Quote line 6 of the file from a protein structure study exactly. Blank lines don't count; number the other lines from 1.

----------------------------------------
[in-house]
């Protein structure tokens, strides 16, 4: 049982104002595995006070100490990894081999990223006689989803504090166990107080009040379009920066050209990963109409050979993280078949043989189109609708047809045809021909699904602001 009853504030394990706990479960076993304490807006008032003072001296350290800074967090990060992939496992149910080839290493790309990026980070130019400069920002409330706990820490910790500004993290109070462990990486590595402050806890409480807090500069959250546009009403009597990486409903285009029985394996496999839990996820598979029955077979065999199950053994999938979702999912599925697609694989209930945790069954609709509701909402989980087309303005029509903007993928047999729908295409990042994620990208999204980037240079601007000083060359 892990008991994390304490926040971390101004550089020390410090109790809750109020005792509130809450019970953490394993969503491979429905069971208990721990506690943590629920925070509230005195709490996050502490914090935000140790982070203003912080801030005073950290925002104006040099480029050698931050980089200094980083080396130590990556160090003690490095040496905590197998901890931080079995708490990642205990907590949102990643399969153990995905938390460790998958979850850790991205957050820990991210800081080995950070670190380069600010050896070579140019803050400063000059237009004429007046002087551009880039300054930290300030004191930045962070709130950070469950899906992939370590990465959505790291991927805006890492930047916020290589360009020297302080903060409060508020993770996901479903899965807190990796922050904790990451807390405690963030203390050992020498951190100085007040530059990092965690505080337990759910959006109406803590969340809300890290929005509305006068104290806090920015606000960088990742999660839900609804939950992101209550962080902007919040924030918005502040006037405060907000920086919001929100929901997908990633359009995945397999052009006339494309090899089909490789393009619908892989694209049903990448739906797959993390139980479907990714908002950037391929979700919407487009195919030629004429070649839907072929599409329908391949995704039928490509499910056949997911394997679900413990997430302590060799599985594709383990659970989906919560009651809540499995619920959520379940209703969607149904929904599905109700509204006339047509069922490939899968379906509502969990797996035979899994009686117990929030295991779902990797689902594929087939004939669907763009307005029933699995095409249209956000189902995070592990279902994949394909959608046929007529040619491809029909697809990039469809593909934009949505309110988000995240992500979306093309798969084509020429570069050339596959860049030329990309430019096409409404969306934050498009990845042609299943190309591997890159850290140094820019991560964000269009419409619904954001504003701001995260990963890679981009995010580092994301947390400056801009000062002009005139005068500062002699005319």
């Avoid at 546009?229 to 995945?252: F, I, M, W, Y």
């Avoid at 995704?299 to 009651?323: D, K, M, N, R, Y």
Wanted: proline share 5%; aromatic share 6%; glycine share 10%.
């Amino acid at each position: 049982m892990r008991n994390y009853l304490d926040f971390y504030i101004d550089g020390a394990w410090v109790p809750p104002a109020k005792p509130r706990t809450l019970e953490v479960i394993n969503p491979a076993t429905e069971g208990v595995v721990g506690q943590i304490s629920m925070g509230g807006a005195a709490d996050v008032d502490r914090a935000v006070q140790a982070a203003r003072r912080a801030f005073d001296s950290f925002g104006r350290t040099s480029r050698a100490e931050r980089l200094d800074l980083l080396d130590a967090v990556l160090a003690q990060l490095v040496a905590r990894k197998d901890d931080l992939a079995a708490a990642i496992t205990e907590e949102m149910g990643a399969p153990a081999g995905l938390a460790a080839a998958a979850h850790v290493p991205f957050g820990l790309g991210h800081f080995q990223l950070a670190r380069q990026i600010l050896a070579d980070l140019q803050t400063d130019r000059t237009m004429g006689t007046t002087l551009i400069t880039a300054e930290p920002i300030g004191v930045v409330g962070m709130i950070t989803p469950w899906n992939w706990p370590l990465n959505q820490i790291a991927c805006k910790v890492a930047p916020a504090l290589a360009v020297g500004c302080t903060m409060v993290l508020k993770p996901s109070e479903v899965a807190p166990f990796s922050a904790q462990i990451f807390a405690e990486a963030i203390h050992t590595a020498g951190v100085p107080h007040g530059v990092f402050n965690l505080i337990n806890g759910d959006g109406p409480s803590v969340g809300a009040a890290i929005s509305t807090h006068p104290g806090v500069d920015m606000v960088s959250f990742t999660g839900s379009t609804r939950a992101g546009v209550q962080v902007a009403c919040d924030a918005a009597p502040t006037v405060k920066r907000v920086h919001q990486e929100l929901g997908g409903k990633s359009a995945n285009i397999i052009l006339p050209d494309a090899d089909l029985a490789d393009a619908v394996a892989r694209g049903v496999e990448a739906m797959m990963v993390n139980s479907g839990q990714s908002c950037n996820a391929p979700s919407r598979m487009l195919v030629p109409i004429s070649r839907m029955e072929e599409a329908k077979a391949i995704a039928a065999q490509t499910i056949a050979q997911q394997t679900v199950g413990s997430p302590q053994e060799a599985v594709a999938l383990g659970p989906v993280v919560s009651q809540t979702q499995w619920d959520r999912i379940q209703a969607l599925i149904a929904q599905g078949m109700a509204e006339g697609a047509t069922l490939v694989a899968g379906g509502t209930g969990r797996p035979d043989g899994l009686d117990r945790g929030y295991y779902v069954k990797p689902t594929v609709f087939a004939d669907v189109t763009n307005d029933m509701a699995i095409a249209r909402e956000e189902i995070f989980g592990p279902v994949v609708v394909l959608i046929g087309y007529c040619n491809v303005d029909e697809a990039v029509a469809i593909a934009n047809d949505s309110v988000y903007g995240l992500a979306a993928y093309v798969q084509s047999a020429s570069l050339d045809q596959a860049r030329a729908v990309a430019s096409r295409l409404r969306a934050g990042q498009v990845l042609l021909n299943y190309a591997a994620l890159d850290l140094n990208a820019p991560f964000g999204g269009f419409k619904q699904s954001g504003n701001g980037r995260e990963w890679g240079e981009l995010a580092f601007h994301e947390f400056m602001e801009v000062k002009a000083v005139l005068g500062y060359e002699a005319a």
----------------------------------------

């Amino acid at each position: 049982m892990r008991n994390y009853l304490d926040f971390y504030i101004d550089g020390a394990w410090v109790p809750p104002a109020k005792p509130r706990t809450l019970e953490v479960i394993n969503p491979a076993t429905e069971g208990v595995v721990g506690q943590i304490s629920m925070g509230g807006a005195a709490d996050v008032d502490r914090a935000v006070q140790a982070a203003r003072r912080a801030f005073d001296s950290f925002g104006r350290t040099s480029r050698a100490e931050r980089l200094d800074l980083l080396d130590a967090v990556l160090a003690q990060l490095v040496a905590r990894k197998d901890d931080l992939a079995a708490a990642i496992t205990e907590e949102m149910g990643a399969p153990a081999g995905l938390a460790a080839a998958a979850h850790v290493p991205f957050g820990l790309g991210h800081f080995q990223l950070a670190r380069q990026i600010l050896a070579d980070l140019q803050t400063d130019r000059t237009m004429g006689t007046t002087l551009i400069t880039a300054e930290p920002i300030g004191v930045v409330g962070m709130i950070t989803p469950w899906n992939w706990p370590l990465n959505q820490i790291a991927c805006k910790v890492a930047p916020a504090l290589a360009v020297g500004c302080t903060m409060v993290l508020k993770p996901s109070e479903v899965a807190p166990f990796s922050a904790q462990i990451f807390a405690e990486a963030i203390h050992t590595a020498g951190v100085p107080h007040g530059v990092f402050n965690l505080i337990n806890g759910d959006g109406p409480s803590v969340g809300a009040a890290i929005s509305t807090h006068p104290g806090v500069d920015m606000v960088s959250f990742t999660g839900s379009t609804r939950a992101g546009v209550q962080v902007a009403c919040d924030a918005a009597p502040t006037v405060k920066r907000v920086h919001q990486e929100l929901g997908g409903k990633s359009a995945n285009i397999i052009l006339p050209d494309a090899d089909l029985a490789d393009a619908v394996a892989r694209g049903v496999e990448a739906m797959m990963v993390n139980s479907g839990q990714s908002c950037n996820a391929p979700s919407r598979m487009l195919v030629p109409i004429s070649r839907m029955e072929e599409a329908k077979a391949i995704a039928a065999q490509t499910i056949a050979q997911q394997t679900v199950g413990s997430p302590q053994e060799a599985v594709a999938l383990g659970p989906v993280v919560s009651q809540t979702q499995w619920d959520r999912i379940q209703a969607l599925i149904a929904q599905g078949m109700a509204e006339g697609a047509t069922l490939v694989a899968g379906g509502t209930g969990r797996p035979d043989g899994l009686d117990r945790g929030y295991y779902v069954k990797p689902t594929v609709f087939a004939d669907v189109t763009n307005d029933m509701a699995i095409a249209r909402e956000e189902i995070f989980g592990p279902v994949v609708v394909l959608i046929g087309y007529c040619n491809v303005d029909e697809a990039v029509a469809i593909a934009n047809d949505s309110v988000y903007g995240l992500a979306a993928y093309v798969q084509s047999a020429s570069l050339d045809q596959a860049r030329a729908v990309a430019s096409r295409l409404r969306a934050g990042q498009v990845l042609l021909n299943y190309a591997a994620l890159d850290l140094n990208a820019p991560f964000g999204g269009f419409k619904q699904s954001g504003n701001g980037r995260e990963w890679g240079e981009l995010a580092f601007h994301e947390f400056m602001e801009v000062k002009a000083v005139l005068g500062y060359e002699a005319a």